Thursday, June 16, 2016

Top 7 Tips for Caring for Your New Dog

Even if you fall in love with a dog at first sight, it can take anywhere from two days to two months for the two of you to adjust to each other once you take him home. Some dogs may fit right into the family as if they were always there, while others may need some coaxing and extra care. Regardless of your new dog’s overall personality, you can make great strides with your new dog with the following tips.

Get the Gear
Most of the items you need for your new dog can be purchased in advance. You’ll need a leash, toys, collar and identification tag, water bowl, food bowl, and the food itself. Spend the extra money on a high-quality dog food, as your pooch’s overall health is definitely worth it.

Look for food labels that include a statement from the AAFCO, or the Association of American Feed Control Officers. Seek out toys designed for your new dog’s size and breed.

Get a Training Crate

A training crate lined with comfy bedding serves as an immediate refuge for your new pet. Pick one that’s big enough for your dog to be able to comfortably sit, stand up and turn around. Dogs instinctively tend to den, and the training crate will become his safe space – where he can also be kept when needed until he’s properly house-trained.

Expect to House-Train
While you would expect to house-train puppies, you may also need to house-train an adult dog that has never learned the proper place to go. Read up on the art of house-training, keep a keen eye on your dog for signs of needing to go out, and establish a routine where you regularly take him outside. Outside trips should happen at least five times a day:

  • First thing in the morning

  • Last thing before bed

  • Right after eating or drinking lots of water

  • Upon waking from a nap

  • During and after any exercise or play

Set the Ground Rules
Make sure the entire household is aware of the rules regarding your new pooch. Like who’s expected to walk him, to feed him or otherwise tend to the dog’s needs. Figure out where your dog will sleep, if he’s allowed on beds and other furniture and if there are certain rooms that are off limits.

Schedule a Welcome Period

Schedule an ideal time to introduce your new dog to the household, which is not going to be a Monday morning when you’re on your way to work. Pick a weekend when everyone’s home and able to spend time getting acquainted with the new pooch. This time should also include other pets in the household, as well, so none get jealous over the attention lavished on the new addition.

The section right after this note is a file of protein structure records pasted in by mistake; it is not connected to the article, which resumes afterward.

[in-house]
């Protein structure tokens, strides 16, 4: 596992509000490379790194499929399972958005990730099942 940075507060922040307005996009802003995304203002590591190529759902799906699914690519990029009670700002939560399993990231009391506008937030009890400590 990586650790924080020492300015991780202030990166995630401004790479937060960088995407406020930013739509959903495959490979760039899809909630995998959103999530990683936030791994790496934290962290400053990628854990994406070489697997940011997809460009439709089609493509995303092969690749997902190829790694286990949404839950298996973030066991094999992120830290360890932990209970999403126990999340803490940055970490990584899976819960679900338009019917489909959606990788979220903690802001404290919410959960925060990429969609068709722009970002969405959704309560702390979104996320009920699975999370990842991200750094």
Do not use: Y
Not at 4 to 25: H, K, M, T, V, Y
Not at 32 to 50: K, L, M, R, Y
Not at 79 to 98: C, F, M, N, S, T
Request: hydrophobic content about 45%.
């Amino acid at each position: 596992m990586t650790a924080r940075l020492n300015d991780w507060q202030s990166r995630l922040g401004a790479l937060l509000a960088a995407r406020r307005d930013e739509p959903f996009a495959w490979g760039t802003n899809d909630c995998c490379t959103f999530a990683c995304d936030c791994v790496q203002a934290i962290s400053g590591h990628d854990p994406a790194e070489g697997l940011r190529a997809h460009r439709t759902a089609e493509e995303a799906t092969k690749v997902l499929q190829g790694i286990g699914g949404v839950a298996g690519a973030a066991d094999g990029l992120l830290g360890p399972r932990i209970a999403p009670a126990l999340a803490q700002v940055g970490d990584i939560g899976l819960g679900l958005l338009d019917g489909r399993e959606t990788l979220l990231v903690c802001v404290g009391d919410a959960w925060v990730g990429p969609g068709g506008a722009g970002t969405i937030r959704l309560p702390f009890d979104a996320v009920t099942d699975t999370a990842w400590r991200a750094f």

Schedule Your First Vet Visit

Another meeting you want to schedule is with your new dog’s vet. An early checkup can help ensure your new dog is healthy, free of any serious health issues and serves as the foundation of a regular preventive care routine.

Your first vet visit is the ideal time to ask questions about feeding, exercise, parasite control, vaccinations and other health-related inquiries.

Enrolling in pet insurance is a wise health-related option to explore, one that can ensure you always have the means to pay for unexpected emergencies, illnesses or costly medical issues.

Establish a Training Routine
Whether you take your new dog to training classes or use books and videos at home, teaching your dog basic obedience is a must for safety and sanity’s sake. Basic commands include sit, stay, come, and down, and all help ensure you can keep your dog under your control.

Positive reinforcement training is recommended, with rewards given each time your dog obeys a command during the learning stages. Training not only helps your dog learn good manners, but it also strengthens the bond between you.

One more way to strengthen the bond is with plenty of playtime. Playtime not only provides your dog with necessary exercise, but it can help remind you why you may have adopted a new dog in the first place: dogs can be tons of fun.

About the Author:
Dr. Pippa Elliott BVMS, MRCVS, is a veterinarian with over two decades of experience treating cats and dogs. She is also a research contributor to Pet Insurance U. When she’s not working, she’s relaxing at home in London with a house full of her own beloved pets.

Paws: I was compensated to share this post with you.

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